Russia has joined the call for Moammar Gadhafi's ouster, a surprise considering the Russian opposition to the initial NATO bombing. Guest host Rachel Martin talks about that and the week's other big stories with James Fallows, national correspondent for The Atlantic.
Egypt reopened its border with the Gaza Strip on Saturday, ending a four-year-old blockade. The move brought badly needed relief to the Palestinian territory's people, but it could deepen Egypt's rift with Israel.
Since American troops killed Osama bin Laden in Pakistan almost a month ago, the U.S. has had to reassess its relationship with Pakistan. And just over the border in eastern Afghanistan, Maj. Gen. John Campbell has been the top U.S. commander for the last year. Campbell tells guest host Rachel Martin the toughest foe in that part of the country isn't the Taliban or even al-Qaida; it's a tribal insurgent group called the Haqqani network.
The House Intelligence Committee has spent the last month trying to find out exactly which, if any, Pakistani officials knew about Osama bin Laden's whereabouts. Guest host Rachel Martin visits Michigan Congressman Mike Rogers, who chairs the committee. He says the jury's still out on Pakistani knowledge of bin Laden's hideout.
Very few people love talking about food more than Dan Pashman and Mark Garrison.
They're the guys behind the popular blog and podcast The Sporkful. The motto: "It's not for foodies, it's for eaters."
"We like to appeal more to the universal audience," Pashman tells NPR's Rachel Martin. Foodies implies "a certain amount of pretension and expertise." Eaters, on the other hand, are pretty widespread. "We all eat, and we all enjoy eating."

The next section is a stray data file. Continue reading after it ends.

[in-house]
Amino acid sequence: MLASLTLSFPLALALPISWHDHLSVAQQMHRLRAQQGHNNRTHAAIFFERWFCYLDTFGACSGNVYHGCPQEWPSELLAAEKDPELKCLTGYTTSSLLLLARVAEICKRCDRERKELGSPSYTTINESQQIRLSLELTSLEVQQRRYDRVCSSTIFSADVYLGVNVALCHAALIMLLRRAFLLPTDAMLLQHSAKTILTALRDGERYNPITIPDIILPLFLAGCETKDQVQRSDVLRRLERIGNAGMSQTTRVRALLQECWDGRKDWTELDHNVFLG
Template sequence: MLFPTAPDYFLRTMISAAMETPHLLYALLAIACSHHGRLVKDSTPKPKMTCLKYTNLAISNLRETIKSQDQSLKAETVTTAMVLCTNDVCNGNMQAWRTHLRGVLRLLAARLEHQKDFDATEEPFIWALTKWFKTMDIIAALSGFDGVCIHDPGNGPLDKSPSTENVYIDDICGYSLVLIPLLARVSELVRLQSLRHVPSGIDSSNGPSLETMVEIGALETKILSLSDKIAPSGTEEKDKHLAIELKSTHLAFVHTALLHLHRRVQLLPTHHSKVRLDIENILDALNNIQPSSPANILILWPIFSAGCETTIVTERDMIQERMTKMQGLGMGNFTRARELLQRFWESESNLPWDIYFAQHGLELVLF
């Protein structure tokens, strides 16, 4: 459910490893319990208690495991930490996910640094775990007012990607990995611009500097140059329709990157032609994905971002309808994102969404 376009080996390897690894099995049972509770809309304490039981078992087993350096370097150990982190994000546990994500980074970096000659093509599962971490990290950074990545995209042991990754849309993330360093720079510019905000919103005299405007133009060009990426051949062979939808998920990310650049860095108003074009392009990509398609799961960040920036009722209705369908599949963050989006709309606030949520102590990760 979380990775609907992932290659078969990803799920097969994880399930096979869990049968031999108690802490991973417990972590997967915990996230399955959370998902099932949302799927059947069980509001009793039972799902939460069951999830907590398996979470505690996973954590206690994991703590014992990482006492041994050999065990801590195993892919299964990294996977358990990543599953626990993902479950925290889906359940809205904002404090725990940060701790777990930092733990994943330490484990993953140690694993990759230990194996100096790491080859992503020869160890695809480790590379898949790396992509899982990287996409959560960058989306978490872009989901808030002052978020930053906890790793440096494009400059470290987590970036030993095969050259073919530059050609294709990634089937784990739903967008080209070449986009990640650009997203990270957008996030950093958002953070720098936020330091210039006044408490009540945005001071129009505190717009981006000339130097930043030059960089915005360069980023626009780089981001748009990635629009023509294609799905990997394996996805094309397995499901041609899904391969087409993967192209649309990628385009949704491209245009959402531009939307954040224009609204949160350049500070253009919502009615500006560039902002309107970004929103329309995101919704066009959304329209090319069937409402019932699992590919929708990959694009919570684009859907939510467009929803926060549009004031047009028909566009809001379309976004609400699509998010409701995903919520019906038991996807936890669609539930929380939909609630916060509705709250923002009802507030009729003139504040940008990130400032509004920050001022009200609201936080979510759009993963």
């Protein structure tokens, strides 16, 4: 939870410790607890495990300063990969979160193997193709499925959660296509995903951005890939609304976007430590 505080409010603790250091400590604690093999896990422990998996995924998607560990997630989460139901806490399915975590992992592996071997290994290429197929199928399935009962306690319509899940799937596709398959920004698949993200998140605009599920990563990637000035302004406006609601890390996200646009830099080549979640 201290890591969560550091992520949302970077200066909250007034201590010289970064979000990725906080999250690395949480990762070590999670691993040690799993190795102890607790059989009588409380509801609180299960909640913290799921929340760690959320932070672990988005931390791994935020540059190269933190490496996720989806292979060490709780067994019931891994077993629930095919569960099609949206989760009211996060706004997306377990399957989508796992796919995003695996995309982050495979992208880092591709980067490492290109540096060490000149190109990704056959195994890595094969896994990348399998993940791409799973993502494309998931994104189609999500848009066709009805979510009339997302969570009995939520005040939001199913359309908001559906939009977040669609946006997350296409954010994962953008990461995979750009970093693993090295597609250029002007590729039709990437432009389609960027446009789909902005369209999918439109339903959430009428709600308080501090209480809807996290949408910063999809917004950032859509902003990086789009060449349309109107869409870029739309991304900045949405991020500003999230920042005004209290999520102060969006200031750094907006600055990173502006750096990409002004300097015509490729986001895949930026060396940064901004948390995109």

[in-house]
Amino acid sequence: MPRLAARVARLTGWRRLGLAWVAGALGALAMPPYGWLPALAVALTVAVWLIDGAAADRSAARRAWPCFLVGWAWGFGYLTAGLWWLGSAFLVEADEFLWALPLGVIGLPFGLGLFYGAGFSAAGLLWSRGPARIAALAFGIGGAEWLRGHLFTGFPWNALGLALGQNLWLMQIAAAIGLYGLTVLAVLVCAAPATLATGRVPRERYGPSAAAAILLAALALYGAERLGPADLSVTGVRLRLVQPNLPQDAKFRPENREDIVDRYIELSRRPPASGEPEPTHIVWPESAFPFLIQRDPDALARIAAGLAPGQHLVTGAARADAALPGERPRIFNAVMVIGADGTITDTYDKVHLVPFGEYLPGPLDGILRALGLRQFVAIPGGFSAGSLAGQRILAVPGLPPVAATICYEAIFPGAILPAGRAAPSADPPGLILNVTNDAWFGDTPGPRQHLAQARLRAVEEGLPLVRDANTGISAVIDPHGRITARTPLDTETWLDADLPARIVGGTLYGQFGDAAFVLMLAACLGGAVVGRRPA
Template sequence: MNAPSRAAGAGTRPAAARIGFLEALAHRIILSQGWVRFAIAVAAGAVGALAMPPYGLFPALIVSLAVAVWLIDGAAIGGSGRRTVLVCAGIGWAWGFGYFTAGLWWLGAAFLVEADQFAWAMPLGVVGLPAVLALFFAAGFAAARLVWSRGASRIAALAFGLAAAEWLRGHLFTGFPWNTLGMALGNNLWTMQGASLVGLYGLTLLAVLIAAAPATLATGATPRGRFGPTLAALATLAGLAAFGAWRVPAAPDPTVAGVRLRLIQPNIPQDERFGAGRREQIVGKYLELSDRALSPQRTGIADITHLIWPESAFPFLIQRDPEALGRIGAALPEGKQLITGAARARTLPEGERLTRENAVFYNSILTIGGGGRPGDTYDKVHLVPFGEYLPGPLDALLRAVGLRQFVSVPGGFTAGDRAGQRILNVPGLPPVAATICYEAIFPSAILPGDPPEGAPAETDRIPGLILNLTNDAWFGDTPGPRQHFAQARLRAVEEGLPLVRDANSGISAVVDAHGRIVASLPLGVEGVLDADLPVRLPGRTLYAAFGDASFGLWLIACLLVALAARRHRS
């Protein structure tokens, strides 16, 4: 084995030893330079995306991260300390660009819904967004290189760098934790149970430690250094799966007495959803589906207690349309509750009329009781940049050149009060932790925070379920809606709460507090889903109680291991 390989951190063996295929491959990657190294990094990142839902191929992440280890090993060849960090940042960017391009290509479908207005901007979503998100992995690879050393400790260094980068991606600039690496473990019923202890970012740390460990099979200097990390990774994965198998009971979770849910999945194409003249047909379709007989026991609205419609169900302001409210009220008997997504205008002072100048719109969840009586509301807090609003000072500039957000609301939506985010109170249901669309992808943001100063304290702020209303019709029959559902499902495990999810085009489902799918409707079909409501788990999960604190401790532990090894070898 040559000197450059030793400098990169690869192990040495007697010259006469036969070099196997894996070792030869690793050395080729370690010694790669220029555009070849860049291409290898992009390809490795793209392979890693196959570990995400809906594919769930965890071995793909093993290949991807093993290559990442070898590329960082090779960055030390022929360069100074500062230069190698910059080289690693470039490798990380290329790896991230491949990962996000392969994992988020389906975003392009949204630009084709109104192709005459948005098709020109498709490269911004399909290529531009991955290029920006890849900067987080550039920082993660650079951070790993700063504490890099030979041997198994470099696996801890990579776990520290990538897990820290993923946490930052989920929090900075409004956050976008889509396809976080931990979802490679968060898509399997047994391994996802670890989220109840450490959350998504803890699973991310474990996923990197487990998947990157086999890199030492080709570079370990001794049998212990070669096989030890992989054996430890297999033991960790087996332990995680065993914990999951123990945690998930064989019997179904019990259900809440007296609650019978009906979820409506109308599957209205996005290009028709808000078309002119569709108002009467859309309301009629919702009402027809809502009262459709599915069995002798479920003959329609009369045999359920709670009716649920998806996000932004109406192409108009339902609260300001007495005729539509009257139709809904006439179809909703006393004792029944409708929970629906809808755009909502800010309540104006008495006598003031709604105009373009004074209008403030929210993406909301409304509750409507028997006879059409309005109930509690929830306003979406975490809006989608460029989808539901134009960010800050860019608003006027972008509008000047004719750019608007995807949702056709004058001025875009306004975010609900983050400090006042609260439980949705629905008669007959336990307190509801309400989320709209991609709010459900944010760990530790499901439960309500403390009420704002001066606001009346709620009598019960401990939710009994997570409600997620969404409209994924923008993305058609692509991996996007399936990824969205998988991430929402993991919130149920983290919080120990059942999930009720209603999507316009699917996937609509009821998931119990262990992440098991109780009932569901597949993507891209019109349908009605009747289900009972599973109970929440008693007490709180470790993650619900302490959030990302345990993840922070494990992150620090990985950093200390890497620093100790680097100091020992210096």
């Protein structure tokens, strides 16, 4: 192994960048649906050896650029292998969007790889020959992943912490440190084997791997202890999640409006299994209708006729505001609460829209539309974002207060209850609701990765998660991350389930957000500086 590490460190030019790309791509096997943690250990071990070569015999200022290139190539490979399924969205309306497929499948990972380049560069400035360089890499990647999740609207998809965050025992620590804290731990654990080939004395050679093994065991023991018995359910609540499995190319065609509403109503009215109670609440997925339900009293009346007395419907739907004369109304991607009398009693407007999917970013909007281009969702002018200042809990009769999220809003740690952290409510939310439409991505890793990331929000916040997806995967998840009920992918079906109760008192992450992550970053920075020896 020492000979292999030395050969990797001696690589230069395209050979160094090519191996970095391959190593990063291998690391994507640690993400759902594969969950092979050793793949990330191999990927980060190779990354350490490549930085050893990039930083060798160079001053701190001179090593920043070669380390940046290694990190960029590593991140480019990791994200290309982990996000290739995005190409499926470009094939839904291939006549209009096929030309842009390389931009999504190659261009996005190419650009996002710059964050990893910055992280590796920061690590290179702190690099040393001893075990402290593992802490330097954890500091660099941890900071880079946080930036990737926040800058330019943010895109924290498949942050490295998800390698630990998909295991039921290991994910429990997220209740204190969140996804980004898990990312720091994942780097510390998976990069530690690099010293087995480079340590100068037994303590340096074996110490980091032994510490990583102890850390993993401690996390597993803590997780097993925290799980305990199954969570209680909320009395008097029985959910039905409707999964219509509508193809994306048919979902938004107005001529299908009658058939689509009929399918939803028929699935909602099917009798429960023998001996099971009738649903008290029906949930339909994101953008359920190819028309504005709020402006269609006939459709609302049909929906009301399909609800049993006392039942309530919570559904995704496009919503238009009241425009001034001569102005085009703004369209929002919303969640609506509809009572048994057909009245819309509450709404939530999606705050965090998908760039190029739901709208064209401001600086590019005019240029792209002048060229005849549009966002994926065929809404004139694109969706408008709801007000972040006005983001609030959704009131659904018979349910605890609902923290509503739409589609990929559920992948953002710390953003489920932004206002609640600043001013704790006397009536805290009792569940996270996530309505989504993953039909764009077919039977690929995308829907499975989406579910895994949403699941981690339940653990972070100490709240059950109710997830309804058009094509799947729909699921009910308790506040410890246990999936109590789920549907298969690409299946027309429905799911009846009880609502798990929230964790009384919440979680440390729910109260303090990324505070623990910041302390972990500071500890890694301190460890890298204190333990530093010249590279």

With that in mind, we asked them to share some grill tips for this Memorial Day weekend.
The Gorge amphitheater outside Seattle has to be one of Earth's most beautiful spots, and it's the backdrop to a long weekend of amazing music. You'll find our coverage of Sasquatch 2011 here. NPR Music has a tent at the foot of the big stage known as Sasquatch — naturally, there are other stages, dubbed Yeti and Bigfoot.
Sept. 8, 1974 was a momentous day in American history. Sure, it was the day that Gerald Ford pardoned Richard Nixon, but maybe more importantly, it was also the day Evel Knievel tried — and failed — to jump across the Snake River Canyon on a jet-powered motorcycle.
Evel Knievel is mostly a punchline these days, but 35 years ago, he was one of the biggest names on television. "It was a different time back then," sportswriter Leigh Montville tells Weekend All Things Considered guest host Rachel Martin.
For a while now I've been arguing that we shouldn't look for consciousness in the brain. We haven't found it there, and we won't. Not because consciousness happens somewhere else, in the soul, say, or in the environment, or in the collective. But because consciousness isn't something that happens; it is something wedo or make. And like everything else that we do, it depends both on the way we are constituted — on our brains and bodies — but also on the world around us.
Looking for consciousness in the brain is like looking for dance in the legs.